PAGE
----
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Double Burden of Malnutrition in Rural West Java: Household-Level Analysis for Father-Child and Mother-Child Pairs and the Association with Dietary Intake

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Graduate Program in Sustainability Science-Global Leadership Initiative (GPSS-GLI), Graduate School of Frontier Sciences, The University of Tokyo, 5-1-5 Kashiwanoha, Kashiwa City 277-8563, Japan
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Research Institute for Humanity and Nature, 457-4 Motoyama, Kamigamo, Kita-ku, Kyoto 603-8047, Japan
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Institute of Ecology, Research Institute, Padjadjaran University, Jl. Sekeloa Selatan I, Bandung 40132, Indonesia
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Faculty of Medicine, Airlangga University, Jl. Mayjen. Prof. Dr. Moestopo 47, Surabaya 60132, Indonesia
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RSET, Institute of Science and Engineering, Kanazawa University, Kakuma-machi, Kanazawa 920-1192, Japan
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Department of Human Ecology, School of International Health, The University of Tokyo, 7-3-1 Hongo, Bunkyo-ku, Tokyo 113-0033, Japan
*
Author to whom correspondence should be addressed.
Nutrients 2015, 7(10), 8376-8391; https://doi.org/10.3390/nu7105399
Received: 22 June 2015 / Revised: 28 August 2015 / Accepted: 23 September 2015 / Published: 2 October 2015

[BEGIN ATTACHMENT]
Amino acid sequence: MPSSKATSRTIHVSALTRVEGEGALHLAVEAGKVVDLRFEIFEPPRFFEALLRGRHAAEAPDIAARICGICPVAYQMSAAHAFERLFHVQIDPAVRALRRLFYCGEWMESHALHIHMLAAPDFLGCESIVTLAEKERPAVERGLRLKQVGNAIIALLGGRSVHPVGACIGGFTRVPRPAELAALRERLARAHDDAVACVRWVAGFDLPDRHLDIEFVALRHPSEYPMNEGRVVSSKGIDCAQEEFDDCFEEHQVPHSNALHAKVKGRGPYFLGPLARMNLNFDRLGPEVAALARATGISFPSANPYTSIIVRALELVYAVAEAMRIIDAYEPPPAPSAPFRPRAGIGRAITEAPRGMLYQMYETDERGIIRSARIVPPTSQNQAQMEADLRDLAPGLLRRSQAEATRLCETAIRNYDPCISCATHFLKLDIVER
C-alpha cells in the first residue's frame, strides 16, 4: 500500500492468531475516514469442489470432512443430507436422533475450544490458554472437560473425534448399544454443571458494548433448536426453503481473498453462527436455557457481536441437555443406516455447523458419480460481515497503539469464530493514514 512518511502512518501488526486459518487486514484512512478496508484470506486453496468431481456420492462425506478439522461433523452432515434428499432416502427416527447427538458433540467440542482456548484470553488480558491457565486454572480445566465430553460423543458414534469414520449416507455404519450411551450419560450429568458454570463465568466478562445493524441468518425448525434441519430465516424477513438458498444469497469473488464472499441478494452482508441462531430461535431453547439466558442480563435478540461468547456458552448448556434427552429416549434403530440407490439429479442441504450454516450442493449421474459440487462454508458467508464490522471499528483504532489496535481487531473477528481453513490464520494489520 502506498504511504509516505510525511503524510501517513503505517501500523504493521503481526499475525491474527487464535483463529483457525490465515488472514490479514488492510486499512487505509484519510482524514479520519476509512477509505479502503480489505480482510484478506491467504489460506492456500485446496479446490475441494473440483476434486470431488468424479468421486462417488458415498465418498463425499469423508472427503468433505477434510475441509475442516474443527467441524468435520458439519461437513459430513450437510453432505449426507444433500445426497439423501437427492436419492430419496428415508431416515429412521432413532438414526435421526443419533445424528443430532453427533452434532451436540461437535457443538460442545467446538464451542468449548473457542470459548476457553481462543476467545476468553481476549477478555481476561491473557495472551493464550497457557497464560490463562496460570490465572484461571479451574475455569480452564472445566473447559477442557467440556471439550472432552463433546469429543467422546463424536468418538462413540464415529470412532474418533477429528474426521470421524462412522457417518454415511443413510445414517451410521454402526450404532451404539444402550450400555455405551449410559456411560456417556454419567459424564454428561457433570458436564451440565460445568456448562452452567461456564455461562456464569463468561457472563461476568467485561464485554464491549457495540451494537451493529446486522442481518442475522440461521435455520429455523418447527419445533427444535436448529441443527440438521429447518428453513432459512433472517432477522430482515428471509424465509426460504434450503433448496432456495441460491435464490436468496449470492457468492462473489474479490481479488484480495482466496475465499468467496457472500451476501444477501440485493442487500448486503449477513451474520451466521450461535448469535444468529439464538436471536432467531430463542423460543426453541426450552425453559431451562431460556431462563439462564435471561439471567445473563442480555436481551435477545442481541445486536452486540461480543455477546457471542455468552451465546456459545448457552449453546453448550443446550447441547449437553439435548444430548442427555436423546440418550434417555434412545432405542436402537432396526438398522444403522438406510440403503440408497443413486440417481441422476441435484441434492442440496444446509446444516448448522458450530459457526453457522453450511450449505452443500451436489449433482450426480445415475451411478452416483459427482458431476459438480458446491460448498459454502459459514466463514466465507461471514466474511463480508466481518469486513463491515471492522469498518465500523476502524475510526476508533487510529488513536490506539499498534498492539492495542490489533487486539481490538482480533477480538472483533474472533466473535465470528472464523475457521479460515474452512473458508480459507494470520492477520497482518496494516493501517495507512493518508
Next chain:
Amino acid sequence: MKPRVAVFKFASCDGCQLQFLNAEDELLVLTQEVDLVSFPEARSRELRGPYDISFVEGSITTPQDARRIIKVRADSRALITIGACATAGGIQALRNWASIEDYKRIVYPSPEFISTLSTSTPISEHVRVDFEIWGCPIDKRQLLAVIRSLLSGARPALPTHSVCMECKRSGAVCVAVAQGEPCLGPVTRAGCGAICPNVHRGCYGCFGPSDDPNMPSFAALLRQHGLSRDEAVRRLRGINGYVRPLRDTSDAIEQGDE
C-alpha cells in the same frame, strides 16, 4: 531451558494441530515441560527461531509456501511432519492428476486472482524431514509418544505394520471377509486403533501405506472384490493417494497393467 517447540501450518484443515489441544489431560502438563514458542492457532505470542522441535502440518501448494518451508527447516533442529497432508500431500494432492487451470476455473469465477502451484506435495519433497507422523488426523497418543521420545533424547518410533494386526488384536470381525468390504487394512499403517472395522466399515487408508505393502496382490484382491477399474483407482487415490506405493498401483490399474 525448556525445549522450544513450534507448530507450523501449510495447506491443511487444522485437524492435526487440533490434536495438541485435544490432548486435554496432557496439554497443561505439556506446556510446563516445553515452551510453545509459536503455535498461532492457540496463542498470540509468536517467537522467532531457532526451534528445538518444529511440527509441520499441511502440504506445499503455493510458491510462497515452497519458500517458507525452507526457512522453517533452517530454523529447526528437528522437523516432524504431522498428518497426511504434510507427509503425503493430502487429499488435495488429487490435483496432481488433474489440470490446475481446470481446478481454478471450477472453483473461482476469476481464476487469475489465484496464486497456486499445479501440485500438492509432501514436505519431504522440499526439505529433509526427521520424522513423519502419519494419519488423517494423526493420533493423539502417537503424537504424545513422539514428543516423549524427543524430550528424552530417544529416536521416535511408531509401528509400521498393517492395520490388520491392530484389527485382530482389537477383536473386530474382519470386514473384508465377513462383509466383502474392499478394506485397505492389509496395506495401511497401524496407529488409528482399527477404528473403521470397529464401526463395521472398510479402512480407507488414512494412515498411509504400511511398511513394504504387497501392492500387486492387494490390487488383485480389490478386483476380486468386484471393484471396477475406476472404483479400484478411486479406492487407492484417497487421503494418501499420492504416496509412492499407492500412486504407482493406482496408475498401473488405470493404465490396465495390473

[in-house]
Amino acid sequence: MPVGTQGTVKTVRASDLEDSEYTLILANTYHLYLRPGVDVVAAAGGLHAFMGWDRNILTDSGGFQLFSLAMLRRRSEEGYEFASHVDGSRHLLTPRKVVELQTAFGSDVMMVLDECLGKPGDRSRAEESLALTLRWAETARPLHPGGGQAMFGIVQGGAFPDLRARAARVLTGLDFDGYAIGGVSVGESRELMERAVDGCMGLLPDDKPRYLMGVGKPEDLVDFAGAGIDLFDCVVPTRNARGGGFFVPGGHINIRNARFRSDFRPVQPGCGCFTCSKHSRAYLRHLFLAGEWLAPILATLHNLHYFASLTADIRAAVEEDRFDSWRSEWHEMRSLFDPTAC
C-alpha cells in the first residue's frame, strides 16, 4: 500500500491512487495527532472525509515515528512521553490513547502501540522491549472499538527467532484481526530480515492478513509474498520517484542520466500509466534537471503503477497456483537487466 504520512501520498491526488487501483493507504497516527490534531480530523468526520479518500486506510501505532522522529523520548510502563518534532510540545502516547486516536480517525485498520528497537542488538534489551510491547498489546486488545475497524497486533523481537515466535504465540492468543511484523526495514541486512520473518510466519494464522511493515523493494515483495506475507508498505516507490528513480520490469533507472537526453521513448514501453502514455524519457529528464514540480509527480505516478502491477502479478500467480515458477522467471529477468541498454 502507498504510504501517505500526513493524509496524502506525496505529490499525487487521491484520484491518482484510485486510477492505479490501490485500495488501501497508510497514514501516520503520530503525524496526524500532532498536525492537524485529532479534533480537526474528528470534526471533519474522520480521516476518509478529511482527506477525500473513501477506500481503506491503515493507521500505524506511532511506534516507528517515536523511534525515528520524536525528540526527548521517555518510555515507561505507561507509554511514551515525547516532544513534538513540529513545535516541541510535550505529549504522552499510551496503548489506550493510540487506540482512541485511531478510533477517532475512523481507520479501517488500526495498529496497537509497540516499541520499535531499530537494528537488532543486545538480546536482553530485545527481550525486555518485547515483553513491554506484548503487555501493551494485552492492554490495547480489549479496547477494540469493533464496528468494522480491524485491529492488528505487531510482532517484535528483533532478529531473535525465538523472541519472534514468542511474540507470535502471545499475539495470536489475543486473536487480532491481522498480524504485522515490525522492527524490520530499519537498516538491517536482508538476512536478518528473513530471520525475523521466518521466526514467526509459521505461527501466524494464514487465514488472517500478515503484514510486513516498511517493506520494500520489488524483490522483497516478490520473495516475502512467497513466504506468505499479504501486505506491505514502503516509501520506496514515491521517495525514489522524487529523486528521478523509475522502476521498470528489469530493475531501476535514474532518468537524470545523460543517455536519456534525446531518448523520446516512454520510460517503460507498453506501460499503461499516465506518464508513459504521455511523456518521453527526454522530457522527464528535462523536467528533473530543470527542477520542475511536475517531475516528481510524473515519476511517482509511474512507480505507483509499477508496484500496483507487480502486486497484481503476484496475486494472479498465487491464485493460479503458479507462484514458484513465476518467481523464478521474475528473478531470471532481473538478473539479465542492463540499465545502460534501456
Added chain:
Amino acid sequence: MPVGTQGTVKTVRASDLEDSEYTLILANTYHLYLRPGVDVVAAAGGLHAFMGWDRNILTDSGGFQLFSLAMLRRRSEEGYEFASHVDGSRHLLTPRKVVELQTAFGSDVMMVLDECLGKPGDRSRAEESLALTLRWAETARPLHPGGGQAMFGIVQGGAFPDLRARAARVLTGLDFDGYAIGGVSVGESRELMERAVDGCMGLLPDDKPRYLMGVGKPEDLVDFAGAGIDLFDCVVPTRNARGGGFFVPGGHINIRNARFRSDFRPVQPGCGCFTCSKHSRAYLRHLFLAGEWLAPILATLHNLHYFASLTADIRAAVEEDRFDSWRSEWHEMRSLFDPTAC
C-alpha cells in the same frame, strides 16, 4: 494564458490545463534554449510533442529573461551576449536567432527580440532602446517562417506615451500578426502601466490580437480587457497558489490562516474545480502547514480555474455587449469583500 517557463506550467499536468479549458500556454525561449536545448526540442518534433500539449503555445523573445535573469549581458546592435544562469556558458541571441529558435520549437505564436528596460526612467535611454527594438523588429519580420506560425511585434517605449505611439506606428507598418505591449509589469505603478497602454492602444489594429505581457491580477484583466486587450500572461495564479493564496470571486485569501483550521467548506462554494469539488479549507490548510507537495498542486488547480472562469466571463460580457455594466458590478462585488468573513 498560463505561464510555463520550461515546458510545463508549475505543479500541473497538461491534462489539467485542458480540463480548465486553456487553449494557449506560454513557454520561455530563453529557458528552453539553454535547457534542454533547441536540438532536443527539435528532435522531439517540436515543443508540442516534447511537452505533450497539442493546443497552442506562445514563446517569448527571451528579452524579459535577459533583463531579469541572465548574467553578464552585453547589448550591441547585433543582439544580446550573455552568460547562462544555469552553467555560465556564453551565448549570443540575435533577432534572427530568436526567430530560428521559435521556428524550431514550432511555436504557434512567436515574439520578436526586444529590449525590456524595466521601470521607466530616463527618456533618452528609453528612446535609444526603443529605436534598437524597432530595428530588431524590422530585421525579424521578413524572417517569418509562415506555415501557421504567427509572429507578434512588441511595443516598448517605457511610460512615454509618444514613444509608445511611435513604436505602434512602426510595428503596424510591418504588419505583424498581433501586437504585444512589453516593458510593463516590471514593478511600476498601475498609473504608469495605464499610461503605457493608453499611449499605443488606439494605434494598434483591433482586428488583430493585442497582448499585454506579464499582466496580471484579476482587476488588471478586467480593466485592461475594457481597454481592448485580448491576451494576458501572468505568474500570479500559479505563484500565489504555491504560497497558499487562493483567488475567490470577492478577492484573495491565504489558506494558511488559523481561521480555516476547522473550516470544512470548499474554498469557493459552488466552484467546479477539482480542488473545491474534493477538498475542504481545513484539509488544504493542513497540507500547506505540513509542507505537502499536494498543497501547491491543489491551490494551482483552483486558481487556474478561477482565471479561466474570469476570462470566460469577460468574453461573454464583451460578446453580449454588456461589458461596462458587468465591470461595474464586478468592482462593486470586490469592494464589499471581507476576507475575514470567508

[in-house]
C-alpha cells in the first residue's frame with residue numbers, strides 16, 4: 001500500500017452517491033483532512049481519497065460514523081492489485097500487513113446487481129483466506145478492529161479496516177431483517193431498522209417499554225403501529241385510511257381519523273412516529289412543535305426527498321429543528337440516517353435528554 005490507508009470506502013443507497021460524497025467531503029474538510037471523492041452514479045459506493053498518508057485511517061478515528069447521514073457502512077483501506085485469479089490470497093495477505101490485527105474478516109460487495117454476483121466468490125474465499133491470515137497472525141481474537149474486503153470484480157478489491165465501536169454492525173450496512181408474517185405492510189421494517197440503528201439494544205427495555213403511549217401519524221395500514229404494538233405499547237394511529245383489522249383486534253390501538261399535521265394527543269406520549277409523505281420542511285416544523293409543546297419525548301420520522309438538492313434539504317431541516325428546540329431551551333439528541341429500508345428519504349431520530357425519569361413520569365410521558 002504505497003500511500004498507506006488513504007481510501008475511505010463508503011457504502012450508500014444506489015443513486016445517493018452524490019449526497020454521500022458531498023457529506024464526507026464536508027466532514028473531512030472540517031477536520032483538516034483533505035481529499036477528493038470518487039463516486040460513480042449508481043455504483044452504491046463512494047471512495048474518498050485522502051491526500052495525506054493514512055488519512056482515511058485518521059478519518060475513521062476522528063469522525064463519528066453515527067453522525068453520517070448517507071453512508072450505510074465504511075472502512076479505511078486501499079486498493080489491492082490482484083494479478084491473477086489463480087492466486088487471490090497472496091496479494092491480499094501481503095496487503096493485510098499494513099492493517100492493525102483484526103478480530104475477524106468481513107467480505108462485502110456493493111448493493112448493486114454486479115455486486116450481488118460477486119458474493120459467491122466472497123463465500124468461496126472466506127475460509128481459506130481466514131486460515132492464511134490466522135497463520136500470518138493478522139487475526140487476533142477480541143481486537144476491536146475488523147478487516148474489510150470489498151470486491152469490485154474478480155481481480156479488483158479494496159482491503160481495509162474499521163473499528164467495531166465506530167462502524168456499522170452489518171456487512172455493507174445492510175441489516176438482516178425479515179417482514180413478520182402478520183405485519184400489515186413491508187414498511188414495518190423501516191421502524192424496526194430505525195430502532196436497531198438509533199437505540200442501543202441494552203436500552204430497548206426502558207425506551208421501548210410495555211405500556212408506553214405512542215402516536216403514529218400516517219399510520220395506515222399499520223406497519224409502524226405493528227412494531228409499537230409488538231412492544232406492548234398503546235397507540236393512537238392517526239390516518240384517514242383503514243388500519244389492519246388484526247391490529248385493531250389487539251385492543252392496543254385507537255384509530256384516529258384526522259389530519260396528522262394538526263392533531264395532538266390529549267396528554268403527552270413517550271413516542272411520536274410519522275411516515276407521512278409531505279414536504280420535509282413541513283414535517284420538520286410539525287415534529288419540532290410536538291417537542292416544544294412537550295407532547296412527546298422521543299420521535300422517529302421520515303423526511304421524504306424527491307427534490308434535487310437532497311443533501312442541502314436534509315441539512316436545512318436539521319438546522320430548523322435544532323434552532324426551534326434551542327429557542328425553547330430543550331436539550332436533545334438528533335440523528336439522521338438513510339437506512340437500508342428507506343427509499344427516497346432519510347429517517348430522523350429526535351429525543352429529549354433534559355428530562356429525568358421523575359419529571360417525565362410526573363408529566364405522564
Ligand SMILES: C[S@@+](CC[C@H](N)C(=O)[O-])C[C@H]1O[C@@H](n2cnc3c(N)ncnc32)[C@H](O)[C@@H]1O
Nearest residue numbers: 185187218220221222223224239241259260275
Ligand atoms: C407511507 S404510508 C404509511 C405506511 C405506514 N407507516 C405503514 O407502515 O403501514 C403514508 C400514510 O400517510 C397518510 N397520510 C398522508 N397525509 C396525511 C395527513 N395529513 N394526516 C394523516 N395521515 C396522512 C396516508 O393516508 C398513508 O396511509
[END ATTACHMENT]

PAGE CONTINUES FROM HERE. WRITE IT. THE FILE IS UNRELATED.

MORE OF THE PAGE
(This article belongs to the Special Issue Dietary Pattern and Health)
Indonesia is facing household-level double burden malnutrition. This study aimed at examining (1) household-level double burden for the mother-child and father-child pairs; (2) risk of adiposity of double burden households; and (3) associated dietary factors. Subjects were 5th and 6th grade elementary school children (n = 242), their mothers (n = 242), and their fathers (n = 225) in five communities (1 = urban, 4 = rural) in the Bandung District. Questionnaires on socioeconomic factors, blood hemoglobin measurements, and anthropometric measurements were administered. For adults, body fat percentage (BF%) was estimated by bioelectrical impedance (BF%-BI) and by converting skinfold thickness (ST) data using Durnin and Womersley’s (1974) formula (BF%-ST). Food frequency questionnaires were also completed. Double burden was defined as coexistence of maternal or paternal overweight (Body mass index (BMI) ≥ 23) and child stunting (height-for-age z-score <−2) within households. Maternal-child double burden occurred in 30.6% of total households, whereas paternal-child double burden was only in 8.4%. Mothers from double burden households showed high adiposity; 87.3% with BF%-BI and 66.2% with BF%-ST had BF% >35%, and 60.6% had waists >80 cm. The major dietary patterns identified were “Modern” and “High-animal products”. After controlling for confounding factors, children in the highest quartile of the “High-animal products” dietary pattern had a lower risk of maternal-child double burden (Adjusted OR: 0.46, 95% CI: 0.21–1.04) than those in the lowest quartile. Given that the “High-animal products” dietary pattern was associated with the decreased risk of maternal-child double burden through a strong negative correlation with child stunting, improving child stunting through adequate intake of animal products is critical to solve the problem of maternal-child double burden in Indonesia. View Full-Text
Keywords: double burden; malnutrition; adiposity; food frequency questionnaire; Indonesia double burden; malnutrition; adiposity; food frequency questionnaire; Indonesia
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Sekiyama, M.; Jiang, H.W.; Gunawan, B.; Dewanti, L.; Honda, R.; Shimizu-Furusawa, H.; Abdoellah, O.S.; Watanabe, C. Double Burden of Malnutrition in Rural West Java: Household-Level Analysis for Father-Child and Mother-Child Pairs and the Association with Dietary Intake. Nutrients 2015, 7, 8376-8391.

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